WORLD Dutch court to hold hearing over mummified Chinese Buddha

WORLD

Dutch court to hold hearing over mummified Chinese Buddha

China Plus

14:09, October 31, 2018

A court in Amsterdam will hold a final hearing Wednesday over a Song-dynasty Buddha statue which villagers from Datian County, Fujian Province say was stolen from their temple.

Six representatives will speak at the court. After the hearing, there will be a judgment.

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The Zhanggong Zushi Buddha statue is seen during exhibition in Hungary, 2015. (Photo: Xinhua)

"As the plaintiffs (the villagers) would need to address new facts and evidence, including expert opinion. It would not have been a fair hearing without the plaintiffs having been able to comment on these facts," said Dutch lawyer Jan Holthuis representing the Chinese villagers.

The villagers and the defendant submitted several rounds of written statements and evidence to the court since the case was brought in May 2016.

A Buddha statue with an intact mummified body inside had been worshiped for over 1,000 years in Yangchun Village. In December 1995, the statue, called Zhanggong Zushi, or Monk Master Zhang Gong, disappeared.

In March 2015, villagers saw in TV news that a statue was on exhibition in Hungary and recognized it as their lost Buddha. Its holder, Amsterdam resident Oscar van Overeem, agreed that the statue came from Fujian, but insists that it is not the statue stolen from the villagers' temple. He once agreed to return it if his conditions were met but negotiations failed. Chinese villagers then filed a lawsuit against him in the Dutch court.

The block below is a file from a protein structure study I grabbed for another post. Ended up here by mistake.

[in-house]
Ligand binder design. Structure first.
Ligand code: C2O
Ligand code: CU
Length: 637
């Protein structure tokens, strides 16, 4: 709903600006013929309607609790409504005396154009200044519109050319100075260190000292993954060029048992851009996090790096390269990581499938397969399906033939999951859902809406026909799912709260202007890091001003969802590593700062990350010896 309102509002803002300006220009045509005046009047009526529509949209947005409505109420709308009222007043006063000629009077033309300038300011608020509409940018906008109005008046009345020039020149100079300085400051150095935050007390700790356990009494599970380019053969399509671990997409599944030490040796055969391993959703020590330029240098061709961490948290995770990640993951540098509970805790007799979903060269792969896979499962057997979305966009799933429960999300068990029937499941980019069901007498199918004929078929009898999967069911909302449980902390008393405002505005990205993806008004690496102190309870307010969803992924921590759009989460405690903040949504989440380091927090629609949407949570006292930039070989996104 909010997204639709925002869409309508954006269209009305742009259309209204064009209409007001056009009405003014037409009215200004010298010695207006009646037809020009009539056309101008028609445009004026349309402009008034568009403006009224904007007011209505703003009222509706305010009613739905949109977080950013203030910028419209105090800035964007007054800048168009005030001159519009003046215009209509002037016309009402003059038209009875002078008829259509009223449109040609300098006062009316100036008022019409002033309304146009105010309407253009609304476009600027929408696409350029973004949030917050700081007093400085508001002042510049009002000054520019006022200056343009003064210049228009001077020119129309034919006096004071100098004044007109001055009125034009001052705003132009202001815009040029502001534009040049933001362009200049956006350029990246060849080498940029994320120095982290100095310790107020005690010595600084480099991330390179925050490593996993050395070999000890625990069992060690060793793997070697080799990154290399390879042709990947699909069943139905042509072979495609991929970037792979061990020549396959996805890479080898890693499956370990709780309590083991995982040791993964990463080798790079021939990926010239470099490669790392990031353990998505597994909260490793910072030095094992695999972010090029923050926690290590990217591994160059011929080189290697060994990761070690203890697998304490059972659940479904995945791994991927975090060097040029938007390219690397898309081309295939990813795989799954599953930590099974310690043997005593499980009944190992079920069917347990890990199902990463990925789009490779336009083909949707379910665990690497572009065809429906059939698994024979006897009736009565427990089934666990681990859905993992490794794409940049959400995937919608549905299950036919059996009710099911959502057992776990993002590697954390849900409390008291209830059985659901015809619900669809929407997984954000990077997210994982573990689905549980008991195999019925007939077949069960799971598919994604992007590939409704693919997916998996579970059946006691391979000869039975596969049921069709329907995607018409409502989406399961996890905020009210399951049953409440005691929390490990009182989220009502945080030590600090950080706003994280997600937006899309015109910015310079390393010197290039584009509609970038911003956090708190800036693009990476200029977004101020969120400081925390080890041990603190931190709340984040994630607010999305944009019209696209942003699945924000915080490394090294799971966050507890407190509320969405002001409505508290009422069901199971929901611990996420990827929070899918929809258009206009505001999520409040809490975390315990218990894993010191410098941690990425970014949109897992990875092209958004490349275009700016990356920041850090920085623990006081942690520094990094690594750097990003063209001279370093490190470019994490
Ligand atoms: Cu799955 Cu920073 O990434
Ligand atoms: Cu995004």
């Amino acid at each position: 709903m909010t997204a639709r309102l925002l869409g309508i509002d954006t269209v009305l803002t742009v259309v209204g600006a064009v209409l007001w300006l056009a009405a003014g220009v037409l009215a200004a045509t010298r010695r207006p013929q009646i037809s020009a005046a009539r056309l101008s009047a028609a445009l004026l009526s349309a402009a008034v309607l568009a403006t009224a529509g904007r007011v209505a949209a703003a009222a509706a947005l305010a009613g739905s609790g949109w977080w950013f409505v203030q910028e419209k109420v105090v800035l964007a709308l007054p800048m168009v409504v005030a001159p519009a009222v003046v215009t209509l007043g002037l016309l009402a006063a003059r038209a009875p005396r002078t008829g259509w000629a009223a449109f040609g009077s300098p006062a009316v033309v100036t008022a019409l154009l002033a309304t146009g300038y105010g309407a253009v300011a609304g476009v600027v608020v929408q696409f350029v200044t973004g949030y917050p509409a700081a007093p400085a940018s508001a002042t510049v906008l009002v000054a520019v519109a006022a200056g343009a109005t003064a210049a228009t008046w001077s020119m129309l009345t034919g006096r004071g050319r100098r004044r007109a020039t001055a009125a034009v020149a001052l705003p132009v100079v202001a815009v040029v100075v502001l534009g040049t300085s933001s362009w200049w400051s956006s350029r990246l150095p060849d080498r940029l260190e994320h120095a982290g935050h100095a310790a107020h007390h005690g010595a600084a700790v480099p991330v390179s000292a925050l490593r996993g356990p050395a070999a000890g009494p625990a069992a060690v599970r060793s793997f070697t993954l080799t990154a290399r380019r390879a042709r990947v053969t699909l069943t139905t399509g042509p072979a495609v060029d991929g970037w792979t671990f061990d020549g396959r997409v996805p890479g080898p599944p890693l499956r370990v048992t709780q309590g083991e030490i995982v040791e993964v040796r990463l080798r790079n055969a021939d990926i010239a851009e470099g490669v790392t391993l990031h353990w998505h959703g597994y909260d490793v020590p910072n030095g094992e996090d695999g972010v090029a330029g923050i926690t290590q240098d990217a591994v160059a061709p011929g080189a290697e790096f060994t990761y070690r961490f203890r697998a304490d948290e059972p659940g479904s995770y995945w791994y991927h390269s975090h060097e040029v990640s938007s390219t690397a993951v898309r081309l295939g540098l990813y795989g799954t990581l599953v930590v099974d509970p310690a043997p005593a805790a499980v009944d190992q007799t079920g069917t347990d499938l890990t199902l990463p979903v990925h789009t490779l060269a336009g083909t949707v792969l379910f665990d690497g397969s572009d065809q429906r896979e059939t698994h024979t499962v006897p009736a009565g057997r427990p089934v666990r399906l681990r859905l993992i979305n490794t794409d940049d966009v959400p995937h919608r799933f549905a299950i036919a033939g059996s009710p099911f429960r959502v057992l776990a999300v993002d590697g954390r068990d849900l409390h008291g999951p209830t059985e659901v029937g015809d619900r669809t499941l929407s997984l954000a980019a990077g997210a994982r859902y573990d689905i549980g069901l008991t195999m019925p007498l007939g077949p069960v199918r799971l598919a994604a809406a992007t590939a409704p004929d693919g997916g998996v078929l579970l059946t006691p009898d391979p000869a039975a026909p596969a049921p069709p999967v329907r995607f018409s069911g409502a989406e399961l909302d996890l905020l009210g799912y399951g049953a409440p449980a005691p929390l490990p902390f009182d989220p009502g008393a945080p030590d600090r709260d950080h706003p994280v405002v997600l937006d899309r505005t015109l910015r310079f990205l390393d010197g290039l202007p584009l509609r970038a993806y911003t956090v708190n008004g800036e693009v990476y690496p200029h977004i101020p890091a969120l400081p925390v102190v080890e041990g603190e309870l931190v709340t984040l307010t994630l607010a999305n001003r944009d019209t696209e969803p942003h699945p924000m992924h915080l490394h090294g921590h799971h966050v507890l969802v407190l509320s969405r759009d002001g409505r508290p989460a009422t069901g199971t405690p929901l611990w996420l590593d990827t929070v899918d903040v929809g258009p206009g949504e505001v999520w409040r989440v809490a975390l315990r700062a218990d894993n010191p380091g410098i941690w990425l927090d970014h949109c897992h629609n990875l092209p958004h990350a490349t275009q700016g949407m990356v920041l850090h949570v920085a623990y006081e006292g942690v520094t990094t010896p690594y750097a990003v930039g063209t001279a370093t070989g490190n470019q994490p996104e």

At the last hearing in July, 2017 the Dutch collector stated that he had reached an oral deal and exchanged the statue for other artworks with a "collector-investor-intermediary" who prefers to remain anonymous.

The court allowed a new round of submissions and Van Overeem (VO) refused to provide clear evidence on the exchange and the identity of the new owner.

The court then granted permission to a motion filed by the plaintiffs, to preserve evidence by seizing certain specifically defined data on Van Overeem's computer.

"The most important is that we might have secured data on VO's computer with respect to the exchange arrangement with a third party exchanger. Whether the judge will eventually grant the villagers access to these data is part of the ongoing proceedings," said Holthuis.


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